Game review: A Study in Emerald is a secret war of fighting factions
Posted May 28
The board game A Study in Emerald by Grey Fox Games combines the worlds of Sherlock Holmes and Cthulhu into a guessing game of competing factions, deck building, assassination and big scary monsters. No one truly knows where allegiances lie. Beware.
The year is 1882, and the "Great Old Ones" from the Cthulhu myths and legends have already taken over the world. Most people have adapted and are going on with life as slaves of their monstrous leaders. Many are loyal to their masters, but others are fighting to restore humanity to freedom. An underground war of loyalists and restorationists fight. Players will secretly be dealt a faction card at the beginning of the game to determine which faction they belong to.
At the heart of A Study in Emerald is a deck-building mechanism that allows players to slowly build a personal deck of cards that allows them more and more options to interact with the game on each turn. Unlike other deck-building games that allow players to purchase cards, this game is different. To gain cards, a player must exhibit the most influence in an area where a new card exists.
The game board shows a variety of cities around the world. It's cool because each city is occupied by one of the "Great Old Ones." They are tough to beat but can be destroyed for lots of points. However this is a dead giveaway that the player might be a restorationist. In addition there are various cards available in each city that can be purchased by players and added to their decks. Only the top card in each city is visible.
Players begin the game with 10 influence cubes, 10 agents and the same set of 10 cards in their personal deck. Decks will become customized as the game goes on. Each turn a player draws five cards from the personal deck. The cards allow a player to take actions in the game. A player may take two actions each turn but must have the appropriate cards that grant that action.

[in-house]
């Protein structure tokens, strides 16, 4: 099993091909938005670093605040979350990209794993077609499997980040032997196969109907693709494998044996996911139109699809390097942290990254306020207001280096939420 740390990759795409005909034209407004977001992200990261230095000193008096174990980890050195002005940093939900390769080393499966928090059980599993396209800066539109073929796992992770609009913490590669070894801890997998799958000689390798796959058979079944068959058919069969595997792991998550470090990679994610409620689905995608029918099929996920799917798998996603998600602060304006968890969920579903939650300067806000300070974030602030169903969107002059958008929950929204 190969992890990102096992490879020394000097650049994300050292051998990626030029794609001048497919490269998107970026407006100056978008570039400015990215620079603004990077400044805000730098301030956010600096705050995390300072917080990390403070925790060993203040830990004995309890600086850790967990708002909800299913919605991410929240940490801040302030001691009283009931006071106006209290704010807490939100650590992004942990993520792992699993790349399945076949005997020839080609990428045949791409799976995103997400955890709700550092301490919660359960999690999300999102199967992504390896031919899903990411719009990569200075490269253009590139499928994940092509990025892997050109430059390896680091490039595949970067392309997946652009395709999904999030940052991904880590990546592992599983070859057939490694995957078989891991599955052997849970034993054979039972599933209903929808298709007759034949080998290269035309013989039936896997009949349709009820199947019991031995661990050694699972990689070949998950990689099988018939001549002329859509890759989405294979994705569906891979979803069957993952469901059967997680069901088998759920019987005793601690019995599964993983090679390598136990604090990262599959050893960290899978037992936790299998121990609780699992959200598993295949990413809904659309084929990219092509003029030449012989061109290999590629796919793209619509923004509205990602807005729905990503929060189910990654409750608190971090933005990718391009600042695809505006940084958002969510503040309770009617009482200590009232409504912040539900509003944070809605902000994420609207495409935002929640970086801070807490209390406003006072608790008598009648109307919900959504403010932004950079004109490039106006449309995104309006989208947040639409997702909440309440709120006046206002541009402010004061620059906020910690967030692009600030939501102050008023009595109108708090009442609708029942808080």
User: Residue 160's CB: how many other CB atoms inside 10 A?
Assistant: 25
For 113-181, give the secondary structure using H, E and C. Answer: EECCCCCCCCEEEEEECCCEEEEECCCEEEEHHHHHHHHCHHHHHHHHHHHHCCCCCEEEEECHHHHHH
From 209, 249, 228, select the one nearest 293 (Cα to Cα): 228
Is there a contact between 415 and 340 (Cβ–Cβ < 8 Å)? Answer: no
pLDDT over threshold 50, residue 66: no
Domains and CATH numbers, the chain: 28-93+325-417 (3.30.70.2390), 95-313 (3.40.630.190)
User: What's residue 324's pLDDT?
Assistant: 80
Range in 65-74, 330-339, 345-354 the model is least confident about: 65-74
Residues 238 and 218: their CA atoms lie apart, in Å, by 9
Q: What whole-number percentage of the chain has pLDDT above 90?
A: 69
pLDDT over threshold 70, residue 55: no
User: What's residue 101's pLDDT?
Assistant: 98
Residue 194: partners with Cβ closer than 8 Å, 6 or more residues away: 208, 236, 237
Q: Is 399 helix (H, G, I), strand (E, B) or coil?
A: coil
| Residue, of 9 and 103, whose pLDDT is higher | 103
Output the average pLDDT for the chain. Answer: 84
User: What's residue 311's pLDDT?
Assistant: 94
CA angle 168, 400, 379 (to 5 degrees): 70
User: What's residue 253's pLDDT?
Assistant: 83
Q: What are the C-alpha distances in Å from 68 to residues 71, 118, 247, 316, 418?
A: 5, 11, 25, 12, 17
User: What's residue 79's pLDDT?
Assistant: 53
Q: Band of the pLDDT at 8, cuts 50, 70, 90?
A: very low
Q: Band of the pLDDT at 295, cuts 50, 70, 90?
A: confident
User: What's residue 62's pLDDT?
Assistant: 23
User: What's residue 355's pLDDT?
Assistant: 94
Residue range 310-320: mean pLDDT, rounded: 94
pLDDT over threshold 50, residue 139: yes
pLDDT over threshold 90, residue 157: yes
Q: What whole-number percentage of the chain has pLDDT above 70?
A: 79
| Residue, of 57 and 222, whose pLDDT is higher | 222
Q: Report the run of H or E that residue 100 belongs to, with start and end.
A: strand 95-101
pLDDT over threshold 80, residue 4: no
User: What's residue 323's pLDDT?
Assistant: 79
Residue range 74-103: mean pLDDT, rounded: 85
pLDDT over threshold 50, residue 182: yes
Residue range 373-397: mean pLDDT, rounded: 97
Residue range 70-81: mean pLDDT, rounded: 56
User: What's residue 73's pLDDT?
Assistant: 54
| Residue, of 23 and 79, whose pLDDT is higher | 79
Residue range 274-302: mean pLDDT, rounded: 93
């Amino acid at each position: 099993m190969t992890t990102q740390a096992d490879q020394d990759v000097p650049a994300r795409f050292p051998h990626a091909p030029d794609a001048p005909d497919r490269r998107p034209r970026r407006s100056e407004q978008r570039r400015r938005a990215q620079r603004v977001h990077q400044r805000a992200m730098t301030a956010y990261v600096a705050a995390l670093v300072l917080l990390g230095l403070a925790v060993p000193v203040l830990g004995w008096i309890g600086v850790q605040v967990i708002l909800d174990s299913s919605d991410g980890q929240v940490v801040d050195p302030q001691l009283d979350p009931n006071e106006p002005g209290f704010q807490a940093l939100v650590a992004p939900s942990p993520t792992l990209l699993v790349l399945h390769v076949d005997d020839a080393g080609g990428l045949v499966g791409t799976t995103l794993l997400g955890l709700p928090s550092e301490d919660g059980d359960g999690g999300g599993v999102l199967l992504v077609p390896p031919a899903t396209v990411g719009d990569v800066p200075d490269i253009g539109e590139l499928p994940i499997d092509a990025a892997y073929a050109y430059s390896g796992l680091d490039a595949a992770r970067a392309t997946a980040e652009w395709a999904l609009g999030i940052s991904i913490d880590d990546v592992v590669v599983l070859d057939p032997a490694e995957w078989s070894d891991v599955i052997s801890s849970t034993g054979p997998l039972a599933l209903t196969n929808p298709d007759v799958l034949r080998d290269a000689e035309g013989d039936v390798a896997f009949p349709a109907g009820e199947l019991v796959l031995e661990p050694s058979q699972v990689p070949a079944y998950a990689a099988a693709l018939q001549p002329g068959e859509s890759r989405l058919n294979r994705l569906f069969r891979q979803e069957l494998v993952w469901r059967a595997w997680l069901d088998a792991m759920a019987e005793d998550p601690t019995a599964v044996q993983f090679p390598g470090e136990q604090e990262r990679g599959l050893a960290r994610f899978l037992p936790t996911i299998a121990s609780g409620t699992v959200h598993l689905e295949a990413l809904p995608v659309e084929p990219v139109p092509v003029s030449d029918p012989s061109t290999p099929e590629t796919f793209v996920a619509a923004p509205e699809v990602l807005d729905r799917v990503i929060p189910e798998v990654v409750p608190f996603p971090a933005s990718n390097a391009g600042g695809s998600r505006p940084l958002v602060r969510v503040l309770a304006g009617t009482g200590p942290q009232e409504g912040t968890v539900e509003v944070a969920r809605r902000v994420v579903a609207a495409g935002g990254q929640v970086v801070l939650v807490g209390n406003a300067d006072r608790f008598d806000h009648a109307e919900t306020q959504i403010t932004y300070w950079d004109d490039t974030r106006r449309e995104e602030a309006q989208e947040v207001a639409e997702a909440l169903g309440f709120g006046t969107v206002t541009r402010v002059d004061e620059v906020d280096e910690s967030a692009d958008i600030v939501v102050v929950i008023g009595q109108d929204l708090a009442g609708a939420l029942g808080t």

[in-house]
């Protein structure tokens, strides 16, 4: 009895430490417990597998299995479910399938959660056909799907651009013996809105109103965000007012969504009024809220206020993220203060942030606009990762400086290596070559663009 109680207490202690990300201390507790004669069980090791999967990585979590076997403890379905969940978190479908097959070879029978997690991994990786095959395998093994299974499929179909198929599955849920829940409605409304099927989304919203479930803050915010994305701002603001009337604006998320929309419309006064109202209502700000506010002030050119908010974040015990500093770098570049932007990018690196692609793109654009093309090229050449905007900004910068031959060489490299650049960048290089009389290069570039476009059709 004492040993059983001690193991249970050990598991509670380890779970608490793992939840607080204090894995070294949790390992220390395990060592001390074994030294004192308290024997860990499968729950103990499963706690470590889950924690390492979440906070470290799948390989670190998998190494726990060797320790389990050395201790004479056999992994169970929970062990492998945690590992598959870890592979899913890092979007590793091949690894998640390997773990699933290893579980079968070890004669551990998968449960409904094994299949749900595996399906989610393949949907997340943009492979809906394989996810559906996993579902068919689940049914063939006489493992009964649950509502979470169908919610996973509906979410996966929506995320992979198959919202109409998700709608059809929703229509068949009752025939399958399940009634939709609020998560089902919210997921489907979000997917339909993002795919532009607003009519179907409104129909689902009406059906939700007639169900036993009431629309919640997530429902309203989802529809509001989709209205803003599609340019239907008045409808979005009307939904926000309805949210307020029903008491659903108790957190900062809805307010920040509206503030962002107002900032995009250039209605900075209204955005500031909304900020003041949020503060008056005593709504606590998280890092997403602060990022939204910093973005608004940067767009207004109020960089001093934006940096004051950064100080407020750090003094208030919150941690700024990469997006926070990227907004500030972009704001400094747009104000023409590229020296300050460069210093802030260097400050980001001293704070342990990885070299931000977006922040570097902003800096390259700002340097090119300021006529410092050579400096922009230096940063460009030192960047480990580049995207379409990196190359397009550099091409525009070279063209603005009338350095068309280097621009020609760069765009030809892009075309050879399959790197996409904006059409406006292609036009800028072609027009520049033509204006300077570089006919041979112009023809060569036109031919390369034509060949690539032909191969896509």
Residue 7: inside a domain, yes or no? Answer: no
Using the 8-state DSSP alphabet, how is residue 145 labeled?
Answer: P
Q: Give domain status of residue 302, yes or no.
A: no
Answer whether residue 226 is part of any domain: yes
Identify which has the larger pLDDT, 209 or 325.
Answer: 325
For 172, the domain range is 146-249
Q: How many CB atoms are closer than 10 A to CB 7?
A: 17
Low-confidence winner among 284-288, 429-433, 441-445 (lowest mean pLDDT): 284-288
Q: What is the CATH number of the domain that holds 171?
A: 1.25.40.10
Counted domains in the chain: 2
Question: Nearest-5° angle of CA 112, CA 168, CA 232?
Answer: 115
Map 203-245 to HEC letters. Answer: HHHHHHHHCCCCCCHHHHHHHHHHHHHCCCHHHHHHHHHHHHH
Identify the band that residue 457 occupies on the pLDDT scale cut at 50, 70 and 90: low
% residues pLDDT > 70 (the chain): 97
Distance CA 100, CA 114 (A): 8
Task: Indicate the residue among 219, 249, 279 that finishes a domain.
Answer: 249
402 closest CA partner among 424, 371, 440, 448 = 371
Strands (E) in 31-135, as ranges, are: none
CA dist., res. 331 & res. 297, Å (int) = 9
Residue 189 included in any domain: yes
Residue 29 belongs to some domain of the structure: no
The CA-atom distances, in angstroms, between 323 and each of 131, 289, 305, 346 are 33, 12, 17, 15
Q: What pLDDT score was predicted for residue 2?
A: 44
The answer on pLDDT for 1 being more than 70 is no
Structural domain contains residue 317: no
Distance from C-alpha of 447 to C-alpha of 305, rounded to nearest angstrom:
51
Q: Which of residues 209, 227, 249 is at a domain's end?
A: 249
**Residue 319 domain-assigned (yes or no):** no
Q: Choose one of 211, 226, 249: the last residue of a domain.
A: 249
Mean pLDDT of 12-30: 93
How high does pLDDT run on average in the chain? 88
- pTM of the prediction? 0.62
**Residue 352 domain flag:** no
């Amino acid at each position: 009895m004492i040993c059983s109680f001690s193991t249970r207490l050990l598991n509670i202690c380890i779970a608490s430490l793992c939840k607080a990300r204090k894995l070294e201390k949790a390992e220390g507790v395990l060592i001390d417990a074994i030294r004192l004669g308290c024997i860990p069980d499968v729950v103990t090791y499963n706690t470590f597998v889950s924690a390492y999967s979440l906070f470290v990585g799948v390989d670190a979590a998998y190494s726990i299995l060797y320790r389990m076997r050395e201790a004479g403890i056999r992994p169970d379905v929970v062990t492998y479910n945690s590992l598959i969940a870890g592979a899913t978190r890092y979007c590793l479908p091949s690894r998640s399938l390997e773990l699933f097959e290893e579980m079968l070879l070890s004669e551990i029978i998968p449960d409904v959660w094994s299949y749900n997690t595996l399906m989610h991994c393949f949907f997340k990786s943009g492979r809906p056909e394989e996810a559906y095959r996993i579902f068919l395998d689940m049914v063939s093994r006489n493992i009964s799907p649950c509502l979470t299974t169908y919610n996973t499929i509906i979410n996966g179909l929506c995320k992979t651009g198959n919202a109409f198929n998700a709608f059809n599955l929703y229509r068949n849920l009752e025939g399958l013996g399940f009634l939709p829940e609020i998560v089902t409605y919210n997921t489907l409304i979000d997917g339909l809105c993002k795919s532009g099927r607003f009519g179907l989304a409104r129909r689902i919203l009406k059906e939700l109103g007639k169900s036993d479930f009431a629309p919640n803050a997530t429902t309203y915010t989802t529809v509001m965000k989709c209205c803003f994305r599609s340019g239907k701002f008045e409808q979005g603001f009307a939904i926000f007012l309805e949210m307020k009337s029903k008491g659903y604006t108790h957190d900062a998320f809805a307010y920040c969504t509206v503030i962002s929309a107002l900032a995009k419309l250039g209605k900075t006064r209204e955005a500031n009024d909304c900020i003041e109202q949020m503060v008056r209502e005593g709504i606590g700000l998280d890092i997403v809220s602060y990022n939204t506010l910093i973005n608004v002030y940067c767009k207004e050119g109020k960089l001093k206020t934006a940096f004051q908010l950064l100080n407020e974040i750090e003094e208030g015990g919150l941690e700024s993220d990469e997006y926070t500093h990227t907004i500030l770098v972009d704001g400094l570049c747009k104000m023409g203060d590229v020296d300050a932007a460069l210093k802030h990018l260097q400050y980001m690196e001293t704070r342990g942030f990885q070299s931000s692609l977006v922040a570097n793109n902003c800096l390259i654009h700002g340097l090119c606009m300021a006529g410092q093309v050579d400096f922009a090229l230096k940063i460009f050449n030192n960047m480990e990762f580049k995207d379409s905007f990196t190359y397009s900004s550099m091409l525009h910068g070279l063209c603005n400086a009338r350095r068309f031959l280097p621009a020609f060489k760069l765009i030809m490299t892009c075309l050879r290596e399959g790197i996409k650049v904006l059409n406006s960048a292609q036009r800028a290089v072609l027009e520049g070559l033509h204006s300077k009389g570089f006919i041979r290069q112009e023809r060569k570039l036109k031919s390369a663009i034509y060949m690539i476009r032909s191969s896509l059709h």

The first action a player can take is to claim one of the available cards on the board from one of the cities. To do this a player must have the most influence cubes in that city. Another action that can be taken is to place influence cubes in one of the cities. Another action is to retrieve influence cubes from the board.
Agents are special tokens that add influence to an area but also allow players to take an assassination action in any of the cities where they are present. Other agent tokens and "Great Old Ones" can be assassinated for points. But remember that no one knows who is on which team, so be careful not to eliminate a friend.
Other actions that can be performed are one-time actions on a card, discarding cards to start fresh the next round or to simply pass. The goal is to gain a certain amount of victory points to end the game or to gain points before a player's secret identity is revealed. Victory points can be gained individually or by faction.
The most unique thing about this game is that each person gains points for personal victories and for faction victories, but points are adjusted at the end of the game when all identities are revealed. No one knows until the end which points will actually count for their opponents.
For those who like the Cthulhu mythos and enjoy games of influence and secret identities, A Study in Emerald is one of the best. It stands out for its unique gameplay mechanisms, hidden identities and smart gameplay. This is definitely one to try before a purchase but one that will be beloved by the right crowd. Check out more at Grey Fox Games.